coANDco feat. UoC
Interesting app which used location to find trending words in twitter for a given location, this was then used to search for music which contained lyrics that matched the trending words in order to produce a playlist in spotify.
Made use of the pusher realtime api to provide an interactive worm which people could use to vote on. The demo and app was flawless, as I’d expect from this team of top coders who were recently acquired by Pearson, and I really hope they put this app out so tech conferences everywhere can have worms… even thought it might be a little unnerving for presenters to begin with.
The idea here was to create an app to enable attendees and organisers to send event related messages at trade shows and conferences. Cool idea and could have been great, but unfortunately they couldn’t get the front and backend stitched together in time to show it working. I liked this because although it could be done using hashtags in twitter, it wouldn’t suffer the twitter bot spamming that affects popular events and could also have sub categories etc…
Now this I really liked… have too many bookmarks… can’t find them and can’t really remember what they were about. StashMarks allows you to search and see snips from your bookmarks in a very cool html5 looking app, Very slick hack and seemed to work really well. Really hope the chaps do turn it into a chrome plugin it would be a hit.
The UK Twilio devangalist was there and built a switchboard in his browser using a combination of pusher and the twilio apis.It worked really well and he demoed a couple of people calling in and being queued. It worked really well, you have to hand it to the chaps at Twilio, they have a great product and set of apis… if you need telephony in the cloud then these are the folks to use.
Mark built a ruby library for the Pearson Dictionary API which makes it really simple to play the pronunciation of words in the Longman Dictionary of Contemporary English. He also built a heroku hosted site which demo’d it. He was also kind enough to package the library into a gem and for this we awarded him the Pearson API 3rd place. We’ll be working with Mark and on his gem shortly in order to start building client libraries for our APIs. Thanks Mark, nice work.
Pan European Delight
A ’20 questions’ realtime game, using the Pearson and Pusher APIs. Seemed like a really neat idea but unfortunately they weren’t able to get it working in time. Shame, would have been nice to see a realtime multiplayer game using our APIs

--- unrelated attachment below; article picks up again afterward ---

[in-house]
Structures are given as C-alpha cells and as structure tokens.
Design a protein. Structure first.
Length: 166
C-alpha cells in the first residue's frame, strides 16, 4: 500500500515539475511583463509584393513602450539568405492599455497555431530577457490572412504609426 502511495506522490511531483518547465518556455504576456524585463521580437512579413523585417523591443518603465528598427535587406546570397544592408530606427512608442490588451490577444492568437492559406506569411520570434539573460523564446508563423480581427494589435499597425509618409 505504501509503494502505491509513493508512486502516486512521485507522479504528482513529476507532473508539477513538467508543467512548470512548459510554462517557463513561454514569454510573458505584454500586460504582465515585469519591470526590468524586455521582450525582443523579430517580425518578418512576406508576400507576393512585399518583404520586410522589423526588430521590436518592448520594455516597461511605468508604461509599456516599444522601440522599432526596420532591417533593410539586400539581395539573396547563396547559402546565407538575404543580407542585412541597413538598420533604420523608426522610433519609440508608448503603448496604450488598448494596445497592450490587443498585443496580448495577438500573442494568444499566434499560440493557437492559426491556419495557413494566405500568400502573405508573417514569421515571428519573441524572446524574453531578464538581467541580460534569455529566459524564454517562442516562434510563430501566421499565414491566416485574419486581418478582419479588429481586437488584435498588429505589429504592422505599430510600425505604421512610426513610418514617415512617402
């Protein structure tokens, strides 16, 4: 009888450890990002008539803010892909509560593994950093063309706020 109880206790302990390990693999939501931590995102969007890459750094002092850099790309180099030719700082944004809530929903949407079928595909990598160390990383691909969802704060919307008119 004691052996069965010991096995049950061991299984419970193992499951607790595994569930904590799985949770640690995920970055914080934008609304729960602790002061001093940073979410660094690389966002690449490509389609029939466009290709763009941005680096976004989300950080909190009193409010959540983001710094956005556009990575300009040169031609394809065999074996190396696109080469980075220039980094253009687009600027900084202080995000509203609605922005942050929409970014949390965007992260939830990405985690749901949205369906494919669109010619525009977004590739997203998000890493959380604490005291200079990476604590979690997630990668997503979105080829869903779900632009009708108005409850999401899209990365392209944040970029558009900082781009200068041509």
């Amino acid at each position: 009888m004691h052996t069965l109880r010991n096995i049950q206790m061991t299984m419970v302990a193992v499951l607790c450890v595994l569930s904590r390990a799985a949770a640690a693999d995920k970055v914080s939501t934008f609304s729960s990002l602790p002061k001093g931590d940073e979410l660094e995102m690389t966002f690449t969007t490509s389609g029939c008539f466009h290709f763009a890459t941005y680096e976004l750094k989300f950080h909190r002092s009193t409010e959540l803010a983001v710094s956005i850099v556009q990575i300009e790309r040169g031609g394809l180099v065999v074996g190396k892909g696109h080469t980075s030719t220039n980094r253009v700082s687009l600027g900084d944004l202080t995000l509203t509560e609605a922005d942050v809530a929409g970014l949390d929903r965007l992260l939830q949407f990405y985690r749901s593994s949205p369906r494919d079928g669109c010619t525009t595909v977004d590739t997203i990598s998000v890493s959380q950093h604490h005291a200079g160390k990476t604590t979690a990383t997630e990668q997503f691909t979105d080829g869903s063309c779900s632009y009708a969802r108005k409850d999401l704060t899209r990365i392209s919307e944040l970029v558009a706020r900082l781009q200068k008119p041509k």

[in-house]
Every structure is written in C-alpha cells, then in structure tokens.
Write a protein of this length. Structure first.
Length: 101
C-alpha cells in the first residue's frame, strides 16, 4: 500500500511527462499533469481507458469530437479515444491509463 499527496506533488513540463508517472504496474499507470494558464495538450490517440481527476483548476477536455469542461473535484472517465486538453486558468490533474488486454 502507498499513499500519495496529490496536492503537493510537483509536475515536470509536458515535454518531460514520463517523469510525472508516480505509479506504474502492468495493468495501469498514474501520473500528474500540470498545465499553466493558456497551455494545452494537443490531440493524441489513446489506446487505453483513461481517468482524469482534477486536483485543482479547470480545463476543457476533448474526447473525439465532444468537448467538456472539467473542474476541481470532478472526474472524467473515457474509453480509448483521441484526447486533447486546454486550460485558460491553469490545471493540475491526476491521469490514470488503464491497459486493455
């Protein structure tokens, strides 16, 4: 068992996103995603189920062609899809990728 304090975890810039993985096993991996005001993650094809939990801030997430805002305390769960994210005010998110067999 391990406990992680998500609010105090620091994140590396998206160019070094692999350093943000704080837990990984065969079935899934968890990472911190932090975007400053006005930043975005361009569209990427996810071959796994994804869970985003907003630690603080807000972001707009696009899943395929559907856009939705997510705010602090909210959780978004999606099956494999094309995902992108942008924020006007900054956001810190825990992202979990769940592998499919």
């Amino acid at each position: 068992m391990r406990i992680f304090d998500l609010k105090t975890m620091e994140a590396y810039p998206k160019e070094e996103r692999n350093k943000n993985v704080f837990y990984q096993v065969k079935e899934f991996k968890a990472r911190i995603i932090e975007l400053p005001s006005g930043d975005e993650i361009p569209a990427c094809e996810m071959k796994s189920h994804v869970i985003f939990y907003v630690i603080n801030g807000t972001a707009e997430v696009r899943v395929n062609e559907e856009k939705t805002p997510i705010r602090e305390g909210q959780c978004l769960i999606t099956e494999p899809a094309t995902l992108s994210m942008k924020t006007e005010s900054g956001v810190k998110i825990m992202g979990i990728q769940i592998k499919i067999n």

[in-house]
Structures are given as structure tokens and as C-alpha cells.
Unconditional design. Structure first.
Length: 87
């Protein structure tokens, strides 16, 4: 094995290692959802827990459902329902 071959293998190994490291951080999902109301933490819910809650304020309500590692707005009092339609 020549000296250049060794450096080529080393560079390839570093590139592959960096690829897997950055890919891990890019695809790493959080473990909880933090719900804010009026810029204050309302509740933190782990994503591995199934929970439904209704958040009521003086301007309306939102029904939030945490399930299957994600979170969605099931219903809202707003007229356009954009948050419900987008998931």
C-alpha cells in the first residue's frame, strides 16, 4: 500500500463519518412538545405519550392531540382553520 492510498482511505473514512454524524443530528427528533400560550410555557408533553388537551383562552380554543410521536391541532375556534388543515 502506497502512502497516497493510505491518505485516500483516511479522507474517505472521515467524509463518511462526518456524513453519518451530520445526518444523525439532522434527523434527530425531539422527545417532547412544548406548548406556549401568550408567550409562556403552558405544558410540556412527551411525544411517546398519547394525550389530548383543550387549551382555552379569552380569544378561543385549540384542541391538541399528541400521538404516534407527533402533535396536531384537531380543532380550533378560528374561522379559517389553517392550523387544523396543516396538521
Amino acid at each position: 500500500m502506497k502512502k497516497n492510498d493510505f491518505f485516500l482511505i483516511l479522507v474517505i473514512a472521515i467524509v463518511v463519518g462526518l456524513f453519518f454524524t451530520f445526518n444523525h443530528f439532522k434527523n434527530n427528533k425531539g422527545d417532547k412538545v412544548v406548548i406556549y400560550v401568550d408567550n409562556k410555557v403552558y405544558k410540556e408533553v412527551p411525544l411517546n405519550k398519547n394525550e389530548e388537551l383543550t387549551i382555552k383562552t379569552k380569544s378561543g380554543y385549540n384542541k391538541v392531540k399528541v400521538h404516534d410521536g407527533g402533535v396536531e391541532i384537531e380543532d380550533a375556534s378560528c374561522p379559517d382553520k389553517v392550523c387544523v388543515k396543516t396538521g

Used the open data apis to find what MPs have been debating in Parliament (based on transcripts) and then used google maps to allow you to drill into location specific mentions. I love the idea of this, see what MPs are up to and see which MPs actually do stuff – great for democracy and putting some faith back into the whole political system. Worked really well and I hope they go on and deploy this app.
Idea was to use the Vodafone, Pearson, Betfair and inMobi apis to provide a betting and location service for fans. For example, it could recommend a place for fans to meet and then offer a betting service on the upcoming game. Nice idea, but wasn’t able to demo it due to some last minuet issues.
Grant Kemp (androidbloke.co.uk) and Robert Slama came up with a neat little app for android phones. Using the Vodafone apis it sent SMS messages to your or another person’s phone. The SMS messages were taken from a couple of different sources, for example the Pearson LDCOE API was used to provide a WOTD service. They also used a web scrape to send romantic messages to your loved ones, since geeks are not generally known for the romantic musings The app worked perfectly and looked quite professional, added to a cool impress.js presentation made them one of the top teams of the day. We gave them out 1st prize for use of the Pearson APIs.
Spurred on by the comments that delicious is dead, or at least passé, Andrew started work on some perl scripts to retrieve his book marks and start the process of moving them elsewhere. Nice set of potentially useful scripts for anyone with an account, personally never got into sharing bookmarks so not one for me.
Don’t Wake Me
Sam Machin’s other entry was a tool that intercepted incoming calls and informed the caller what time it was in the location where the person currently was. Simple concept executed very well, it stops you being woken up at 3am by a colleague who didn’t realise you were in San Francisco that week.